The discourse focussing on inequalities and complexities of the digital world was already given by the circumstances of the conference itself. You were only able to participate if you had a working internet connection, which failed in several cases. Some of the presentations had to be postponed or held by other members of the team that were connected from a different place and device. My impression was also that the common finding of the research was that there are several approaches, but you have to be careful not to impose inputs from eurocentric contexts and to align with the life of those living in developing countries and/or communities. 37% of the world population never used the internet, while 96% of those reside in a so-called developing world. Data are never just a set of facts, but always very political. Governments and institutions make decisions and raise restrictions on what and how should something be done based on them. The technical aspects and the conceptualising are subject to the political and social environment, depending on factors such as morality, the point of power, interconnectivity, dependence…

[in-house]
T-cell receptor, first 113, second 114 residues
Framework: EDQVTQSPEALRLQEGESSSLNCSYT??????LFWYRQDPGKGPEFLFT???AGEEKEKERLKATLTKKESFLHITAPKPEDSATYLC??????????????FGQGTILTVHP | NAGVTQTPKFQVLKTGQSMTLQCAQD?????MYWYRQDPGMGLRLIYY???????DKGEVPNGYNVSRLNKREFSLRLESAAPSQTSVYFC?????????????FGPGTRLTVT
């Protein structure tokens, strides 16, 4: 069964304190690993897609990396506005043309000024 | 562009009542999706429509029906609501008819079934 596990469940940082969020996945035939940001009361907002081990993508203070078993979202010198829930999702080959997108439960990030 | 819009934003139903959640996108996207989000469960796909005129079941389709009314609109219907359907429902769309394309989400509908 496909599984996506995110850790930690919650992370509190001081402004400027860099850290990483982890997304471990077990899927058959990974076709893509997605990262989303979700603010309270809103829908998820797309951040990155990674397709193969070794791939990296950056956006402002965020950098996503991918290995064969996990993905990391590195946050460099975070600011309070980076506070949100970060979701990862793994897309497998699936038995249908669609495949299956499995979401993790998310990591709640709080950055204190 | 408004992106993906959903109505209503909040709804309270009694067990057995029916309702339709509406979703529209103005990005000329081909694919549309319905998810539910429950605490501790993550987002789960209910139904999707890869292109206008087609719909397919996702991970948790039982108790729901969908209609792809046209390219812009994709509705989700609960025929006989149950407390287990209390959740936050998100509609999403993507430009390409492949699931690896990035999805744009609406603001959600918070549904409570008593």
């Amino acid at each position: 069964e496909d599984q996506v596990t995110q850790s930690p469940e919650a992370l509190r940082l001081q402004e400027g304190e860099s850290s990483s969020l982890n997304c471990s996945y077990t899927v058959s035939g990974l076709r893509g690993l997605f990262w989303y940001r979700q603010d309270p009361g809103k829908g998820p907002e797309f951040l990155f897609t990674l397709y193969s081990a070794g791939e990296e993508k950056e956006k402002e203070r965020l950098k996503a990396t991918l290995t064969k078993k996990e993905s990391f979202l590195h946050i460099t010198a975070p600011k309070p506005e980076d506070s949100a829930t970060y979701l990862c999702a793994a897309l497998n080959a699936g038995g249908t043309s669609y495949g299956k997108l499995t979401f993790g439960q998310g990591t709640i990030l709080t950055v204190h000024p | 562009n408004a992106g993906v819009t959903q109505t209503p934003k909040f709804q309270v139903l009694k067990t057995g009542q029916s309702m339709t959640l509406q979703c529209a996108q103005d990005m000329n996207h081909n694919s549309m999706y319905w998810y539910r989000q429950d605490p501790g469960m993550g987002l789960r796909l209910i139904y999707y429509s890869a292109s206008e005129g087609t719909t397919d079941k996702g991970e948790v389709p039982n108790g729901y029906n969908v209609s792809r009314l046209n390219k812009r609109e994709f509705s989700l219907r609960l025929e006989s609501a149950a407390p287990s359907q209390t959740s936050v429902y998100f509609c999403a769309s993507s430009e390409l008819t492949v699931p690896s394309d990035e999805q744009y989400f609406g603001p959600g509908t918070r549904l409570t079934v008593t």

Personal impression

A very interesting topic for me personally was Katherine Wyers’ proposal to introduce a queer, trans-feminist, intersectional perspective in ICT4D research and practice. The phrase “to queer up the research” is forever embedded in my mind from now on. The ways how the binary system of software engineering can be disrupted are various.